This study was on prevalence and treatment outcome of pulmonary tuberculosis in Eku referral Hospital, Delta State. The objectives of the study were to find out the achievement of the state target within the five year period reviewed, ascertain the prevalence of pulmonary tuberculosis in the hospital, during the period reviewed, and determine the treatment outcome of the patients within the period.A retrospective research design was employed for the study. The entire pulmonary tuberculosis patient treated within the Period (2009-2013) was included in the study and comprised of 1,423 patients. A self-developedproforma was used to extract relevantinformation from the hospital records. The face and content validity were determined by the supervisor and two other lecturers who are experts in measurement and evaluation. Descriptive and inferential statistics were used to analyze the data. The results were presented in tables as percentages, means and standard deviation. Chi-square was used to determine the association between age and treatment outcome at 0.05level of significance. Major findings of the study revealed that males were mostly affected than the females. While those within 21-30 years were mostly affected and these are the vibrant and economic group. Other findings of the study showed that majority 650 (45.7%) of them were cured and discharged while 183 (12.9%)defaulted and 131(9.20%) died.  The five years period reviewed showed increase in prevalence rate of PTB with 1,011(71.0%) as new cases and 412 (28.9%) were old cases. The study concluded that there was an association between age and pulmonary tuberculosis treatment outcome. Though more males were affected, they equally responded to treatment more than thefemales. The increase in prevalence of PTB from the data analyzed raises issue of public health concern of PTB resurgence in the society and need urgent intervention.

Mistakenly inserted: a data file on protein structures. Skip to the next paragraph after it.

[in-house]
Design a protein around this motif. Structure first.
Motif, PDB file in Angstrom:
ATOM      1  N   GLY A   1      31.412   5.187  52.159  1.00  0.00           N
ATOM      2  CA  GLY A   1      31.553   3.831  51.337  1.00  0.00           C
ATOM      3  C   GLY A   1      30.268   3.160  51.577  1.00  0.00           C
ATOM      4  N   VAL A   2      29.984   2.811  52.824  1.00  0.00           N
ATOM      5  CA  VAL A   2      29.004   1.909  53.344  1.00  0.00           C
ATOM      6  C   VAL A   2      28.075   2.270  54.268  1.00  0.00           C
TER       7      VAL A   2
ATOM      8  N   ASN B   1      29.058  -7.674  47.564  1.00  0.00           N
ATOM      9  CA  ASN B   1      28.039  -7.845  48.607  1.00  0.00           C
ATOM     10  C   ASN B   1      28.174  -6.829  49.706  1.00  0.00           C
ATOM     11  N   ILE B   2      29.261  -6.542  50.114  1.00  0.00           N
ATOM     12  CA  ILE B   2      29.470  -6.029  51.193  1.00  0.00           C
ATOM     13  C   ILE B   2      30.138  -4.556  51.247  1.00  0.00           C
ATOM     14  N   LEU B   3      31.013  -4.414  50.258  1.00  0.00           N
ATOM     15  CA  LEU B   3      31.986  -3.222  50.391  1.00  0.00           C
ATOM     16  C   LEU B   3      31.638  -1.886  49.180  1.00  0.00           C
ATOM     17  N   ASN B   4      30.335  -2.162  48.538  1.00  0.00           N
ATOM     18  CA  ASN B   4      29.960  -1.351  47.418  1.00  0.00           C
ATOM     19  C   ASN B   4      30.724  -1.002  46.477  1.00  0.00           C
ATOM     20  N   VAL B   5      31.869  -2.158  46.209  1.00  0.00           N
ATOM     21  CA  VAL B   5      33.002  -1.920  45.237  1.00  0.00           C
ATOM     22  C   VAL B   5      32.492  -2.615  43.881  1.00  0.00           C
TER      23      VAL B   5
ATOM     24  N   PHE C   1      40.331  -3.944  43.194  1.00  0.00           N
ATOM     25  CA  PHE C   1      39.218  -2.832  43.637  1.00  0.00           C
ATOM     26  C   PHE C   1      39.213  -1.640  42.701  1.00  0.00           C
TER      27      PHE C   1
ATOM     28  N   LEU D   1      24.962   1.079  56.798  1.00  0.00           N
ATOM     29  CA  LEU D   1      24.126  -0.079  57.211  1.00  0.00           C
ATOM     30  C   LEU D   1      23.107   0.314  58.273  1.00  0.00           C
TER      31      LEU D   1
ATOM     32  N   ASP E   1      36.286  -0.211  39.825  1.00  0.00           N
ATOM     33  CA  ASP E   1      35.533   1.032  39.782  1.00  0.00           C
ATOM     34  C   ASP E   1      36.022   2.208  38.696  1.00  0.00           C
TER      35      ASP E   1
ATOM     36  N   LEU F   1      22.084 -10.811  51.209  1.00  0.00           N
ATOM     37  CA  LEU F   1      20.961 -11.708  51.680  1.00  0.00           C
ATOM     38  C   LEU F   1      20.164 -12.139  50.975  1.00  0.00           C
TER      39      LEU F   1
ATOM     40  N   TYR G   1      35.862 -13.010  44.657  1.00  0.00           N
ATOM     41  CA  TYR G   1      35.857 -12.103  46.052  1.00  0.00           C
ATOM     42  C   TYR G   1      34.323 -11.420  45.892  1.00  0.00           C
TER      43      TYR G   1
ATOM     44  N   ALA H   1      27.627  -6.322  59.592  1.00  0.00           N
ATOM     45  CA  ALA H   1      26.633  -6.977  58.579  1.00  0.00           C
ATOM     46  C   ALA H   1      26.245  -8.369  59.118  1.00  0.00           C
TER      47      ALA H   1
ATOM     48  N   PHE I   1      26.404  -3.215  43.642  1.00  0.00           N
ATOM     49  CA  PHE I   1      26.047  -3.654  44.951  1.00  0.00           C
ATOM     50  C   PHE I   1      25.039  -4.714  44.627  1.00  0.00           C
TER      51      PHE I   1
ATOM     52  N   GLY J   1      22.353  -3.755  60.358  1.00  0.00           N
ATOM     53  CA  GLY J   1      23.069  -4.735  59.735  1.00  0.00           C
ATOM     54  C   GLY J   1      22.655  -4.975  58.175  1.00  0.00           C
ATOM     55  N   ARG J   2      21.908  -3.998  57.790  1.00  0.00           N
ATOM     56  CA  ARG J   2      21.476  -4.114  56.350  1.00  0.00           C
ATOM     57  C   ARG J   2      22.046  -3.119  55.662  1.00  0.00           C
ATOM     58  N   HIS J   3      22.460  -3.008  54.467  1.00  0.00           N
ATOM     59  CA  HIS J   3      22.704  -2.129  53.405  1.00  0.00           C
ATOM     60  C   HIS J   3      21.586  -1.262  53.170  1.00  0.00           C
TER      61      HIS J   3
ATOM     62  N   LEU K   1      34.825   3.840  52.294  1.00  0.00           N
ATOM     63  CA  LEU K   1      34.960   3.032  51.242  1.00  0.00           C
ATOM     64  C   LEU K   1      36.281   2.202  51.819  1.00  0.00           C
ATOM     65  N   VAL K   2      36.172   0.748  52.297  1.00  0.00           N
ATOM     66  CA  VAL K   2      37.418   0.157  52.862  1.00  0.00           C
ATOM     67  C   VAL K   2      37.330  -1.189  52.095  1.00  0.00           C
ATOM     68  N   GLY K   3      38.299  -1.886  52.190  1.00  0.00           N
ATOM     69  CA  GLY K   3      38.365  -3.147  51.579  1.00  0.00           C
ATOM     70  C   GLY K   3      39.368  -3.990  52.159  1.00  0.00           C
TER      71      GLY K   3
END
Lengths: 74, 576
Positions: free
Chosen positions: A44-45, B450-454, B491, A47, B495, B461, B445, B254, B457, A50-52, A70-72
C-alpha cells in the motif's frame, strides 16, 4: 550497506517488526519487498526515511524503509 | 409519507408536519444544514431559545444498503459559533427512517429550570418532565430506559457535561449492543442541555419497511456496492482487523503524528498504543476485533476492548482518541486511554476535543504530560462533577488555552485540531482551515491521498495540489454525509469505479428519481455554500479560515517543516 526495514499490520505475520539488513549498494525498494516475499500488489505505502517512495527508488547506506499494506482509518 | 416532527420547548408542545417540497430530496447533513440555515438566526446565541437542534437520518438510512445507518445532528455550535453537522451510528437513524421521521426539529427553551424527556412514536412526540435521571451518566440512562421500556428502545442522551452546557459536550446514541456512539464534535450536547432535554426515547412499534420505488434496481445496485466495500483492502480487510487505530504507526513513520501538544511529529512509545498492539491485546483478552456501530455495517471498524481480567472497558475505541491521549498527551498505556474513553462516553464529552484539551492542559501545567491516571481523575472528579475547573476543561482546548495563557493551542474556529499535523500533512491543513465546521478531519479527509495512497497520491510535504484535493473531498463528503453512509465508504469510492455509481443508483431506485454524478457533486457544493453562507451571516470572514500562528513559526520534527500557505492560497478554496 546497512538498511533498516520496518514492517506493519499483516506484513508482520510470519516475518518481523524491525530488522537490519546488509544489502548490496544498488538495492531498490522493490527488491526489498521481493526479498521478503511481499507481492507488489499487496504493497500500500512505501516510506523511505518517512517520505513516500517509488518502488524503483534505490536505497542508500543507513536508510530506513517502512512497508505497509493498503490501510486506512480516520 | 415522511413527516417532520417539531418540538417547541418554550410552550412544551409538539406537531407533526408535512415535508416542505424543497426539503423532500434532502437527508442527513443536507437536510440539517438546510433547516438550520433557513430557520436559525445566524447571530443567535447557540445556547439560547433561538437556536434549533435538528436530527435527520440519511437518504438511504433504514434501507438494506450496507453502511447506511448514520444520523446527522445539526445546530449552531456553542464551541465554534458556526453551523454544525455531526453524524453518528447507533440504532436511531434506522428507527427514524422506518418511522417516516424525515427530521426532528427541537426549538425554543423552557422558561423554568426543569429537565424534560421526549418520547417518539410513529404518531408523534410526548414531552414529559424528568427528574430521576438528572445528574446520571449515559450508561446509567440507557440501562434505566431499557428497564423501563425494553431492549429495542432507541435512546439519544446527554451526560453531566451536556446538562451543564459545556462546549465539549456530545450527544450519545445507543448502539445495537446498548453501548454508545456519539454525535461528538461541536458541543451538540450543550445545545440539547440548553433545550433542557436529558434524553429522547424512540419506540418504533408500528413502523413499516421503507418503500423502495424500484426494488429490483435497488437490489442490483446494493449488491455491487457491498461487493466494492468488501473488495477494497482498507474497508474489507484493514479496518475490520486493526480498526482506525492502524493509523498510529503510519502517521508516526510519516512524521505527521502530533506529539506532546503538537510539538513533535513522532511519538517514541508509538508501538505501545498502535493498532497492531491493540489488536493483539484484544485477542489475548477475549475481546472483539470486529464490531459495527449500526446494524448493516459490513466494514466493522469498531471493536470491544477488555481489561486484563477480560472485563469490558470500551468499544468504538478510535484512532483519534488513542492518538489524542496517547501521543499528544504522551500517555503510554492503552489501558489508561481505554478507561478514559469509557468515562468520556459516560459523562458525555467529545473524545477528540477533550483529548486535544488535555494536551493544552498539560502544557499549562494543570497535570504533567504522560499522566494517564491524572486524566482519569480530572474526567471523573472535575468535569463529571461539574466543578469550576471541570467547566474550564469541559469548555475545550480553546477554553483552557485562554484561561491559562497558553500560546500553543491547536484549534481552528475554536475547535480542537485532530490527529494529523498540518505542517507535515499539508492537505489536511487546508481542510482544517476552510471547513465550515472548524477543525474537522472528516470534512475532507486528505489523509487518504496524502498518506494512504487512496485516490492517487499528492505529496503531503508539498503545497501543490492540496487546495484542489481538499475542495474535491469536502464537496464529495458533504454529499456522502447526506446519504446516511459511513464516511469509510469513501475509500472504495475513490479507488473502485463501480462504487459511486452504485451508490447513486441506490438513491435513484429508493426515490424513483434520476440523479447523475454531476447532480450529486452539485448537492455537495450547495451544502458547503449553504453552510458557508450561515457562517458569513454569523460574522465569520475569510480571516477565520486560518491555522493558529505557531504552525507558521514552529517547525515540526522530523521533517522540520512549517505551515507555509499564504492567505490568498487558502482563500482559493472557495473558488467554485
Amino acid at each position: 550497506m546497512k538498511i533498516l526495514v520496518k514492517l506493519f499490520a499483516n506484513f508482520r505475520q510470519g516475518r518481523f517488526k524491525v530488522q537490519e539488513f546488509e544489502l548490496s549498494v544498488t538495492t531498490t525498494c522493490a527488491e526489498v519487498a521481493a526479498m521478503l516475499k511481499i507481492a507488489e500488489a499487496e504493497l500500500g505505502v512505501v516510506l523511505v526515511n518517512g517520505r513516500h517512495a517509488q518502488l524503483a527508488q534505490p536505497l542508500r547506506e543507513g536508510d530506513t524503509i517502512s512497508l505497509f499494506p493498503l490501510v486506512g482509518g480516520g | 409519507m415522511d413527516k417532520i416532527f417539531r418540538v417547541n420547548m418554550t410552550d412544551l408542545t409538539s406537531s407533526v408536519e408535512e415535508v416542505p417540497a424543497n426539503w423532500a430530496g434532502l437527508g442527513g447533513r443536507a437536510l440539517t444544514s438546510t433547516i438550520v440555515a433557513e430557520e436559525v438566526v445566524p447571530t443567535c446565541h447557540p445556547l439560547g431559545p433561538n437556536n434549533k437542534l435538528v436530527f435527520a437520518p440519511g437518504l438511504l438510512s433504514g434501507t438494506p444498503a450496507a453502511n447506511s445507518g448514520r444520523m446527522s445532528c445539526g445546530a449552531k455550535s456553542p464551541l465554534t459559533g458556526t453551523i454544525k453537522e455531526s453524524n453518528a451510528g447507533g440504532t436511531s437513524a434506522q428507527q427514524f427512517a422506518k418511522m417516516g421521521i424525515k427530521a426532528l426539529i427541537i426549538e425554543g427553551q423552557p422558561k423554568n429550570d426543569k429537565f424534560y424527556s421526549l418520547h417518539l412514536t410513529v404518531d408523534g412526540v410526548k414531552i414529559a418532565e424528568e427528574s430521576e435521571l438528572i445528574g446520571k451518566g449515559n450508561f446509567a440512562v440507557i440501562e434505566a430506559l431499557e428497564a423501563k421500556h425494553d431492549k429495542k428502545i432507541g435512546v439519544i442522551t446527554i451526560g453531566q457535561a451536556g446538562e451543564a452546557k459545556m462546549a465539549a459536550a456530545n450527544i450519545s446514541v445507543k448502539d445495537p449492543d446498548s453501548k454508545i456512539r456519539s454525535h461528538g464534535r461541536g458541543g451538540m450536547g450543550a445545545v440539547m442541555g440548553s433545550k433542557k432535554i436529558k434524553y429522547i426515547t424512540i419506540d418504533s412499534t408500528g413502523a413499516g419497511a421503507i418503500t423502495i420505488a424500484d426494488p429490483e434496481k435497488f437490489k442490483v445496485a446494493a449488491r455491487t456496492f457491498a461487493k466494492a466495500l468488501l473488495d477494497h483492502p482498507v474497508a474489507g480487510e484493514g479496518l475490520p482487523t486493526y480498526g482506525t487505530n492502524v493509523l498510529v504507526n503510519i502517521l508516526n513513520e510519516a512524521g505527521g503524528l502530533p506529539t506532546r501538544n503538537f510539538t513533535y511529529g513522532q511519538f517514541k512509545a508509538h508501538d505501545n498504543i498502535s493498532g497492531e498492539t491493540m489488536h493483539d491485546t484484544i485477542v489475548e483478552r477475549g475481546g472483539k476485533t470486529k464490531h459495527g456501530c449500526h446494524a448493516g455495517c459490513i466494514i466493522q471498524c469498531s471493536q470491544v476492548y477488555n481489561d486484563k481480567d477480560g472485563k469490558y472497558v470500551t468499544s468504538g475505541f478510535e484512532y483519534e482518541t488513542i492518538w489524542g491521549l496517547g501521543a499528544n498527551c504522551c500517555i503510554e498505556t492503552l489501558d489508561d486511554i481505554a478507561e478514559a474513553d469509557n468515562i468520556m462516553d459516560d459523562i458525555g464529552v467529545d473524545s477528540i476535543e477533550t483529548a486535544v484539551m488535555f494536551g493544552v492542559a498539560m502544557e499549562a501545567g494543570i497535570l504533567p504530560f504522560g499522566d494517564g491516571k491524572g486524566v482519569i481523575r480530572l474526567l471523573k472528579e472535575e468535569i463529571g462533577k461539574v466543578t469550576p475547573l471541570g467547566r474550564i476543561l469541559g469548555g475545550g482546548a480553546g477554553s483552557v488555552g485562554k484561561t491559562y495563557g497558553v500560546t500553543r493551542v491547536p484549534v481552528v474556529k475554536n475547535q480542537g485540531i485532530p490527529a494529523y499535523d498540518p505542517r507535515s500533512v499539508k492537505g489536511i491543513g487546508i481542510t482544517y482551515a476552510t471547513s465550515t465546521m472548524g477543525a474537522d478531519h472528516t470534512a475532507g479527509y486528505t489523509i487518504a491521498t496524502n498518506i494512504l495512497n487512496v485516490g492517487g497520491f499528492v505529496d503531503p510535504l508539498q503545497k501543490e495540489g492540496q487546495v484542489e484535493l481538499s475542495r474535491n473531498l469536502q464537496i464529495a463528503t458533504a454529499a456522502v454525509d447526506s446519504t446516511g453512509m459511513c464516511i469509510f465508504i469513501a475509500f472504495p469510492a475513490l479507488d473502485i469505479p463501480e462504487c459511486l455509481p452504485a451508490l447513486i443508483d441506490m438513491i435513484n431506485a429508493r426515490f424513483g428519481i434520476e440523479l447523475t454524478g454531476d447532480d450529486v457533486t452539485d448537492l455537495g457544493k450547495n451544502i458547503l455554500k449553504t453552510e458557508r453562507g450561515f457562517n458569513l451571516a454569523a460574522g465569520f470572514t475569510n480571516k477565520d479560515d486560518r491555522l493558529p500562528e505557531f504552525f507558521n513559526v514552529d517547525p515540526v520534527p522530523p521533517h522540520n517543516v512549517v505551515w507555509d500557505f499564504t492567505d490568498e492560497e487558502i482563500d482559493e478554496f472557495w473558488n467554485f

Background to the Study


Tuberculosis (TB) is a chronic infectious disease caused by bacteria generally referred to as mycobacterium tuberculosis; almost every organ in the body can be affected, but involvement of the lungs account for more than 80% of TB cases. Tuberculosis affecting the lungs is called Pulmonary Tuberculosis (PTB), while those affecting other organs are called Extra Pulmonary Tuberculosis (EPTB) (Federal Ministry of Health, 2010).


The most important source of infection is an untreated Pulmonary Tuberculosis (PTB) patient. When such a person coughs, spits or sneezes, tiny droplet nuclei containing the tubercles are released. Transmission is through inhaling these droplet nuclei (Federal Ministry of Health 2010).


Today tuberculosis remains a global public health problem of enormous dimension. It is estimated that there are I billion infected patients worldwide, with 10 million new cases and over 3 million deaths per year. Tuberculosis is responsible for more deaths than any other infectious disease (WHO, 2008).


It was estimated to cause a global emergency with estimates of 1.8 million deaths worldwide in 2008 out of over nine million cases. In the same year, the estimated global incidence rate fell to 139 cases per 100,000 populations after reaching its peak in 2004 at 143 per 100,000. However, this decline was not homogeneous throughout the World Health Organization (WHO) regions, with Europe failing to record a substantial decline, but rather appearing to have reached a stabilization rate (WHO, 2009).